Today’s statistics can be higher or lower, but in 2016, 3.3 percent of the US population, or 8.3 million, have schizophrenia or bipolar disorder. And at least 3.9 million people in any given year are untreated.
How do you deal with an invisible sickness? Telepsychiatry and its modern methods can shed light on the darkness surrounding people with mental illness and their families, who are as lost as they are.
This practice builds on psychiatry’s tried-and-tested methodologies with the help of telecommunications. Based on studies published, voice, video, and data are involved in facilitating and delivering the mental health services sought.
Peer into the promise of telepsychiatry and the role of conferencing technologies in bridging perceived mental-health gaps.
How Teleconferencing Delivers
Over the years, rising and popular tools have helped medical professionals in communicating and carrying out routine and critical psychiatric services.
- Telephone. A 2001 pilot study used weekly telephone calls as part of an intervention and treatment for patients with schizophrenia. Several countries also have suicide crisis lines or hotlines to call or text for help.
- Email. In 2005, doctors tried emailing to correspond with their patients and found its promising role in boosting a doctor-patient relationship.
- Closed-circuit television. CCTVs were used to record and monitor a person’s behaviour in correctional and mental health institutions.
- Videoconferencing. It’s the representative way to deliver telepsychiatry, combining voice, video, and data to some extent. The method is applicable for virtually all settings (e.g., homes, prisons, and assisted-living residences).
Telepsychiatry in Action
Human interaction is the foundation of psychiatry. But certain circumstances can stop a person from recognizing that they need help and that consulting a psychiatrist is ideal.
Videoconferences mimic the experience of seeing a practitioner and being in the same room without the tediousness of an in-person visit. In the privacy of one’s home or wherever conducive, an individual can feel much more at ease.
- Breaking Down Stigma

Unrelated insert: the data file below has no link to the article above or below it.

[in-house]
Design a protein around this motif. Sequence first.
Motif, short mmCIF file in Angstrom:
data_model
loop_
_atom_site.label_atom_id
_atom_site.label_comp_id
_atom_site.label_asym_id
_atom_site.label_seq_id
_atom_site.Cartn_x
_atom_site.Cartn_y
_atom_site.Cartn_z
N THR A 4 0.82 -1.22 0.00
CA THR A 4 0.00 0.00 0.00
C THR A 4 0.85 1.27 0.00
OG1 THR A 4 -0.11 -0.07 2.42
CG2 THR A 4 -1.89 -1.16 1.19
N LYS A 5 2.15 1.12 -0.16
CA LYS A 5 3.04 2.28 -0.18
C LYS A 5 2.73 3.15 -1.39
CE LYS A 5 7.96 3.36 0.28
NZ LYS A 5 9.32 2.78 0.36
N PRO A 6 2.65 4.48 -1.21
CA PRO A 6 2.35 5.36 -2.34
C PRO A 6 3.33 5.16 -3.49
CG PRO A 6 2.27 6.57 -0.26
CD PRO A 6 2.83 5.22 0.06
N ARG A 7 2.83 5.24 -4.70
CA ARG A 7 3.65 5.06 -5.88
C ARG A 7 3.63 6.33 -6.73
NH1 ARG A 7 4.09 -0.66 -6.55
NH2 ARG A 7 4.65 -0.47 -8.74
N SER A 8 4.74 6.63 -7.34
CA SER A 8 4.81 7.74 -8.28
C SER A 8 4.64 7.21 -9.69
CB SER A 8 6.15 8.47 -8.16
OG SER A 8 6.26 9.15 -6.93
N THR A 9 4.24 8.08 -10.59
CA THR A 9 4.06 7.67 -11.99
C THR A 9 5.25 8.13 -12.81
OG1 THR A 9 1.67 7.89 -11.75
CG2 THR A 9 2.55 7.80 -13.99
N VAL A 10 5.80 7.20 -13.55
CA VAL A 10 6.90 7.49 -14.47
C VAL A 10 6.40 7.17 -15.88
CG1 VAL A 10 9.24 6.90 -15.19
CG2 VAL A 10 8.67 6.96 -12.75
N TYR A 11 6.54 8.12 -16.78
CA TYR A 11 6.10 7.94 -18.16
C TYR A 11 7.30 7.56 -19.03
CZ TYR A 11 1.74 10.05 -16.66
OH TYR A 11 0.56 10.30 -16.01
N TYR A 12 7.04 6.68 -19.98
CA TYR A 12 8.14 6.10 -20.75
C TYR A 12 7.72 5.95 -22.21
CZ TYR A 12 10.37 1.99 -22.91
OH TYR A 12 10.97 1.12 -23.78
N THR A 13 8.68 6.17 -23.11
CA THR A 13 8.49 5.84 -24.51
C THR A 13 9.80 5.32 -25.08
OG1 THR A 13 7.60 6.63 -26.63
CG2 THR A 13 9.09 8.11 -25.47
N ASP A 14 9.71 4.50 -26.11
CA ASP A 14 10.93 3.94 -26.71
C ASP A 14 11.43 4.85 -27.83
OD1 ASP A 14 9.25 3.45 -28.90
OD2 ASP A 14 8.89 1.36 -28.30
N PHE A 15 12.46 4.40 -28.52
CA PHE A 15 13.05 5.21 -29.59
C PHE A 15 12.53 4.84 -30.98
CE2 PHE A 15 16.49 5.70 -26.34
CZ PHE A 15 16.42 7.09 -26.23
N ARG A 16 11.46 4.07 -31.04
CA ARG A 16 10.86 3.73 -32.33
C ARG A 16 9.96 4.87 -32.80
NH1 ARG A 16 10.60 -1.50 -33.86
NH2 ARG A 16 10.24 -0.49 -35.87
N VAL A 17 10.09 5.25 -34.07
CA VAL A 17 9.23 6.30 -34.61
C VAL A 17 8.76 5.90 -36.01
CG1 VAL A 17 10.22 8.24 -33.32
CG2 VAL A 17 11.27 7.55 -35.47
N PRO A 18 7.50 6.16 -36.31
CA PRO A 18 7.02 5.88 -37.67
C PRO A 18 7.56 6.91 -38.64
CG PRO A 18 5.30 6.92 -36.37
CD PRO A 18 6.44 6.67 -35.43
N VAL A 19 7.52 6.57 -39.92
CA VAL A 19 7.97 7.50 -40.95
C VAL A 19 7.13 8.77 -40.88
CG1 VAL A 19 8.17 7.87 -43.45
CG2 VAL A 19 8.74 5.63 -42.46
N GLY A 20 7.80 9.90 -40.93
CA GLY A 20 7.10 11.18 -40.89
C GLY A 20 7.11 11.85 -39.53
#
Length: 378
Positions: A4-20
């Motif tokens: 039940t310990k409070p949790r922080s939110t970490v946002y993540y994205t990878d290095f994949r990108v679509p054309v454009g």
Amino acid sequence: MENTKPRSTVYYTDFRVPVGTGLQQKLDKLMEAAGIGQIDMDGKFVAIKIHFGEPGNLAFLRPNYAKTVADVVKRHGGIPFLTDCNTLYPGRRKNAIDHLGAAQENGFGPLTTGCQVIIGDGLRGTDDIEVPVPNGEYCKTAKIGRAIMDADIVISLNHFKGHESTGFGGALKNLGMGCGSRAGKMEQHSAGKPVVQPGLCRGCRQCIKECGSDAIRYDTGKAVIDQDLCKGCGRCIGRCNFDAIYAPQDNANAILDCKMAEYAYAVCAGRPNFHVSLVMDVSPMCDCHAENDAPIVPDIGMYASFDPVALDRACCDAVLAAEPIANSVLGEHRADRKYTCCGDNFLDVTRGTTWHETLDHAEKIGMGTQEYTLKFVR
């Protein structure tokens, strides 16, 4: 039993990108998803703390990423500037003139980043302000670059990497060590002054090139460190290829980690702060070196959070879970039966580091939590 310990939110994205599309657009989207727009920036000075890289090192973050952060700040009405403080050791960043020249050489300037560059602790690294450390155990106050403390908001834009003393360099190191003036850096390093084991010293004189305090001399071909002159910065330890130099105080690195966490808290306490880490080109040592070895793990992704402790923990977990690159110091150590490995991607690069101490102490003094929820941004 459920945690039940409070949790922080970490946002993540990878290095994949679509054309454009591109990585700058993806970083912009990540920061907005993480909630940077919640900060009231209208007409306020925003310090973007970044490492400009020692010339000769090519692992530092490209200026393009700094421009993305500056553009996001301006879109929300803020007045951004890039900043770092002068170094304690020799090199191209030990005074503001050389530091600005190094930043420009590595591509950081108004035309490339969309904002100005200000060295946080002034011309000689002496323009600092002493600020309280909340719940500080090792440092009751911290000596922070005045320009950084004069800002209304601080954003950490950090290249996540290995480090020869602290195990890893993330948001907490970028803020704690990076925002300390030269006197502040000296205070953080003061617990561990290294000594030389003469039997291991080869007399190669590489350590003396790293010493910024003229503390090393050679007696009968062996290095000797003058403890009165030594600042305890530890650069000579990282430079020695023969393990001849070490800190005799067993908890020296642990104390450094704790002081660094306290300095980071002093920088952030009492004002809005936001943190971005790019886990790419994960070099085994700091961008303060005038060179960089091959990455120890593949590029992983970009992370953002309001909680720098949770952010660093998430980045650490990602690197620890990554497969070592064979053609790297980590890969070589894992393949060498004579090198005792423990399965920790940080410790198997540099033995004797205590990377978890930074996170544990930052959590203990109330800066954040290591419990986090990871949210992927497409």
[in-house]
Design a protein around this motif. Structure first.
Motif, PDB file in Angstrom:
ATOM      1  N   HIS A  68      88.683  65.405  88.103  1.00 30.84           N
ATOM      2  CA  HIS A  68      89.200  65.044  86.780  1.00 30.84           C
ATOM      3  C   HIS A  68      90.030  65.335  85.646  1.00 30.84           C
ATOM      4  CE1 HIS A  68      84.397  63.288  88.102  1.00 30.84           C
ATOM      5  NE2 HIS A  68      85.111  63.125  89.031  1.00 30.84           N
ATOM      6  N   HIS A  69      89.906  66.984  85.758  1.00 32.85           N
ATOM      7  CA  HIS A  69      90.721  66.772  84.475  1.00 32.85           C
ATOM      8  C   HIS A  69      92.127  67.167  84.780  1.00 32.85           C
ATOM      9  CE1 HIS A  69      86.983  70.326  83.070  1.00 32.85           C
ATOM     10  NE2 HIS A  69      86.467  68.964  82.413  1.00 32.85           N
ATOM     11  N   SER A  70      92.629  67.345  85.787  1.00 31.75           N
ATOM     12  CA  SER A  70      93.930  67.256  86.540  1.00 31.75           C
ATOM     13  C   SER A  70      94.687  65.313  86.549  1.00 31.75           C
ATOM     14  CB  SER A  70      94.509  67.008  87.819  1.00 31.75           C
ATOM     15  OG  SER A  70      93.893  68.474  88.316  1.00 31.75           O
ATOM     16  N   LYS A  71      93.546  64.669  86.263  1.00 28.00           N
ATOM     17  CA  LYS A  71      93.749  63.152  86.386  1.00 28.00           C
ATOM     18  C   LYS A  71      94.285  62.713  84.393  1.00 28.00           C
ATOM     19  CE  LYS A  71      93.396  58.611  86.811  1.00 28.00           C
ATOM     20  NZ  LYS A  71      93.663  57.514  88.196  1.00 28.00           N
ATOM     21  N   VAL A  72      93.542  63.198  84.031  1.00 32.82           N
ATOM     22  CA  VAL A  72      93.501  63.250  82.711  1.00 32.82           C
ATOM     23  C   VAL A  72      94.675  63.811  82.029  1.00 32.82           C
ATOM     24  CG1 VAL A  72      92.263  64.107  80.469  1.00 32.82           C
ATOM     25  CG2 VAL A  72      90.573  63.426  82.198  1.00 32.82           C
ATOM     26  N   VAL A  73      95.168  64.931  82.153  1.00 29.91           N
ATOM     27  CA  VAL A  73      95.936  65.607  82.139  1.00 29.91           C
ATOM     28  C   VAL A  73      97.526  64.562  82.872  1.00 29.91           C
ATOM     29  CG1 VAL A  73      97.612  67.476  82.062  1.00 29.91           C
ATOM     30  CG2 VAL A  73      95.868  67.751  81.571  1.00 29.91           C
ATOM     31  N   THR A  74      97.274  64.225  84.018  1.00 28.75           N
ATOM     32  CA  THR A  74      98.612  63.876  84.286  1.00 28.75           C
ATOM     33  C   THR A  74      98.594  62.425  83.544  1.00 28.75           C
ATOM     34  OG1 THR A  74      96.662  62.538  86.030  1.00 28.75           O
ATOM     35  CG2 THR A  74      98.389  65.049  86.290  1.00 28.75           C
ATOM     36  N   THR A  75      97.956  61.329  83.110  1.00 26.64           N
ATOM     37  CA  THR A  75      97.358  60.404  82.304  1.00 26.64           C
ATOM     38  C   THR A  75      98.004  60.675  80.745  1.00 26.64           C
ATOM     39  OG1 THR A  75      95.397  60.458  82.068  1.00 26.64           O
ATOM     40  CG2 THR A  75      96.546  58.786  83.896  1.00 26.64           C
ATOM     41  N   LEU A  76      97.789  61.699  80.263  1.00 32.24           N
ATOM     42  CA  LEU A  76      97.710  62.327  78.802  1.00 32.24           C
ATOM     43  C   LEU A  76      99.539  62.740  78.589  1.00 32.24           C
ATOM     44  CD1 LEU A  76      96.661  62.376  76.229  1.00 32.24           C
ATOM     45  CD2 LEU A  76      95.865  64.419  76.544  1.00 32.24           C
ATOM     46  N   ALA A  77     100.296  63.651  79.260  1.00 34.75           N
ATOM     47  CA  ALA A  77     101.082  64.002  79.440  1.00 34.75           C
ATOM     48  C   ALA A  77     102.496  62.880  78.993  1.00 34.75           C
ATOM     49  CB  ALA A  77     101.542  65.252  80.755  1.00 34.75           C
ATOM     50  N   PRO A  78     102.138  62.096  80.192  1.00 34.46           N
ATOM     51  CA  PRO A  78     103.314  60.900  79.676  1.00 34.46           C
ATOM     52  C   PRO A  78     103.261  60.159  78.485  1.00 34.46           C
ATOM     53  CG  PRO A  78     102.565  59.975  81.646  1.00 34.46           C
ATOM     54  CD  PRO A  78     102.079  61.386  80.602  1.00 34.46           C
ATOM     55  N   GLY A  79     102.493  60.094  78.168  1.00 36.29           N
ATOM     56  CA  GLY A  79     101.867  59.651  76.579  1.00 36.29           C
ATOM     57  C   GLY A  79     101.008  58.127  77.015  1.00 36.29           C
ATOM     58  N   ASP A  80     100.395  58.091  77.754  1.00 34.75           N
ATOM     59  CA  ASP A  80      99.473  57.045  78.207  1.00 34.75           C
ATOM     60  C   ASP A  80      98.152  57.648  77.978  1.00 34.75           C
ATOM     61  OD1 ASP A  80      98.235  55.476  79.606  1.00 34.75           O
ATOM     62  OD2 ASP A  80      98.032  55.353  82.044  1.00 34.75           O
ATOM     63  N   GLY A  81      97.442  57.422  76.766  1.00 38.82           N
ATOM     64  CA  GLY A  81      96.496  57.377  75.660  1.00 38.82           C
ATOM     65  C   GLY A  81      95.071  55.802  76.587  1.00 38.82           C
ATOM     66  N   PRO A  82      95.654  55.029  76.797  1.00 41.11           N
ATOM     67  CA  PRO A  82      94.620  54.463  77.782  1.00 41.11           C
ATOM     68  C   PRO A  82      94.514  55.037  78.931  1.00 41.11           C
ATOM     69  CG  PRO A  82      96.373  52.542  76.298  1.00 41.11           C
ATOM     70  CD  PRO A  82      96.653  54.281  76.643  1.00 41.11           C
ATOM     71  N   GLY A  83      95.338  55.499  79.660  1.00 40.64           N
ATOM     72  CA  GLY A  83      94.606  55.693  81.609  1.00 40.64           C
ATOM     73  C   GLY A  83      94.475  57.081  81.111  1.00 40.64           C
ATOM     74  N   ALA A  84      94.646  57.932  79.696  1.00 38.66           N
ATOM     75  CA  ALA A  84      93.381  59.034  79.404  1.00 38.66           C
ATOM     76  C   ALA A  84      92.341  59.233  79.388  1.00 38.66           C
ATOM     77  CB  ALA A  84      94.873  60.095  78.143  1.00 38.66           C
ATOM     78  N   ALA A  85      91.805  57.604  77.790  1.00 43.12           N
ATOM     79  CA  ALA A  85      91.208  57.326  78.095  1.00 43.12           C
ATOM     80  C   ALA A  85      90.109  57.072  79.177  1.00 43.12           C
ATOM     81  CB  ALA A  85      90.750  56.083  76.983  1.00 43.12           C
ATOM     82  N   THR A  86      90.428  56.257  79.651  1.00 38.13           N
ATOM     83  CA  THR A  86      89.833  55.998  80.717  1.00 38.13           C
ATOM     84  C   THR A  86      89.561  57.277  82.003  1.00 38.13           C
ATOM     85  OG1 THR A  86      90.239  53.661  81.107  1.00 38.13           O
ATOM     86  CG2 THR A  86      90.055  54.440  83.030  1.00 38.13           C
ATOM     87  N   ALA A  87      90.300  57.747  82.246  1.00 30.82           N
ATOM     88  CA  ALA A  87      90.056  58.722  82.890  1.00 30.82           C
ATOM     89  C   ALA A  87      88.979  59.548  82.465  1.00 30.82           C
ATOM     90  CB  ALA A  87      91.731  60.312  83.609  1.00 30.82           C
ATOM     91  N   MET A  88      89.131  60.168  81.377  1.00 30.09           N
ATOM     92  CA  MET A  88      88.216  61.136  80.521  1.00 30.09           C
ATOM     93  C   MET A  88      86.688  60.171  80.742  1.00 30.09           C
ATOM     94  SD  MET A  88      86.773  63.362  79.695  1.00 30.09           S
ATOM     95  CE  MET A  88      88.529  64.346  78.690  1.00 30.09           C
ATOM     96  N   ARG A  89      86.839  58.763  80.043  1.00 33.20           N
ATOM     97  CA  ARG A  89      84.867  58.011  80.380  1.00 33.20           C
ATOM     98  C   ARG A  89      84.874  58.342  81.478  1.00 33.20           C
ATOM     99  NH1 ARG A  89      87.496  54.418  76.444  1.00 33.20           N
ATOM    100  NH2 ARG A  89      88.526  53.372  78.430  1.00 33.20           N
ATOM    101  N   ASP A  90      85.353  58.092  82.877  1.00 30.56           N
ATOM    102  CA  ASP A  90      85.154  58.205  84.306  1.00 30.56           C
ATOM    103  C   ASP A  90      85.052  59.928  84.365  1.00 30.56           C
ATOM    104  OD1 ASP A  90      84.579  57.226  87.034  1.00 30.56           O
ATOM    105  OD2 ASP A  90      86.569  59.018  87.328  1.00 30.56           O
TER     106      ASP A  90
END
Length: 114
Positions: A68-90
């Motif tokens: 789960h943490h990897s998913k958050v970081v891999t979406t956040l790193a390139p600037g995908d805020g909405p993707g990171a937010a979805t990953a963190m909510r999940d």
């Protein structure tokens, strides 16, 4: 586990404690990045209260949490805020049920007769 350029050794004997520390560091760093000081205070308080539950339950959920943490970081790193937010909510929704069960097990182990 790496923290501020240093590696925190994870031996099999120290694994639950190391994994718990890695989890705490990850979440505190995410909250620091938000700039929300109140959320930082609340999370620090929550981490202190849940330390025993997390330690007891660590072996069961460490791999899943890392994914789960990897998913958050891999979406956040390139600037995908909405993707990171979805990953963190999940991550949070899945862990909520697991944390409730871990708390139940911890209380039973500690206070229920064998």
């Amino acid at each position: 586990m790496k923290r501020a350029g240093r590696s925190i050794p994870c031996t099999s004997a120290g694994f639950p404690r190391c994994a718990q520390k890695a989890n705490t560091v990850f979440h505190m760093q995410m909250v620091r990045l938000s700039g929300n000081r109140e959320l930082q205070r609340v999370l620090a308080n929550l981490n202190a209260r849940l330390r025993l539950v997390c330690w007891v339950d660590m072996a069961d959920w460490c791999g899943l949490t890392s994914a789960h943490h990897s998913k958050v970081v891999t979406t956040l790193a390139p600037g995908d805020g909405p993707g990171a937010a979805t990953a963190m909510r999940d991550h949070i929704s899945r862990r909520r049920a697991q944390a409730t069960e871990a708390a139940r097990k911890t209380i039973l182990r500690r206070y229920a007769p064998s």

Maybe because mental disorders are hardly talked about that misinformation about them is rife. Wrongly held beliefs contribute to this stigma and can lead to discrimination and reluctance to seek help or treatment, as Mayo Clinic notes.
This stigma is less palpable or nonexistent with virtual medical intervention. The concerned person can go online to secure an appointment and wait for a confirmed session. They won’t have to deal with prying and judging eyes as they visit the clinic or hospital and wait for their turn.
- Care on Demand
It’s not that easy to take a day off from responsibilities, like work, childcare, and school, to see a doctor. Clinics typically operate during standard working hours. Emergency rooms often don’t have psychiatrists on standby.
Access to computers and phones makes it possible to do consultations at home as soon as possible. Practitioners also have the flexibility to accept scheduled or emergency sessions. However, any patient information transmitted over the platform and equipment used during the session has to be secure, private, and confidential, as per the Health Insurance Portability and Accountability Act (HIPAA).
The World Health Organization (WHO) reports that low-income countries have 0.1 psychiatrists and 0.3 psychiatric nurses per 100,000 people. Countries with higher income have better numbers, with the United States having a ratio of 4:3. It still points to a shortage of psychiatric staff. Some, if not most, of these speciality clinics are located in urban areas.
This article reports about the impact of rural telepsychiatry for children and adolescents in Kansas. The University of Kansas Medical Center’s telemedicine program tied up with a mental health centre in a county in Pittsburgh. Things have probably changed in 20 years (the article goes back to 1999), but telepsychiatry continues to reach out to underserved communities.
Telepsychiatry delivers in the following areas:
- Treatment (psychotherapy and psychiatric medication)
- Follow-up consultation
- Emergency cases
- Crisis-intervention programs
- Education and training
You have telephones, cellphones, computers, and ancillary technology to thank for this convenience. Landline phones are not as popular in households as they were decades ago, but clinics and offices still use them for conference calls, online meetings, and the like. There’s also your smartphone to make an appointment via mobile apps, then text, call, or video-chat with your doctor. For a bigger screen and clearer audio, you can set up a mini-conference room with your laptop, a docking station for your laptop, web camera, and speaker.
Colds and flu in your heart may take longer to heal, but there’s someone on the other line or screen who can help you deal with them.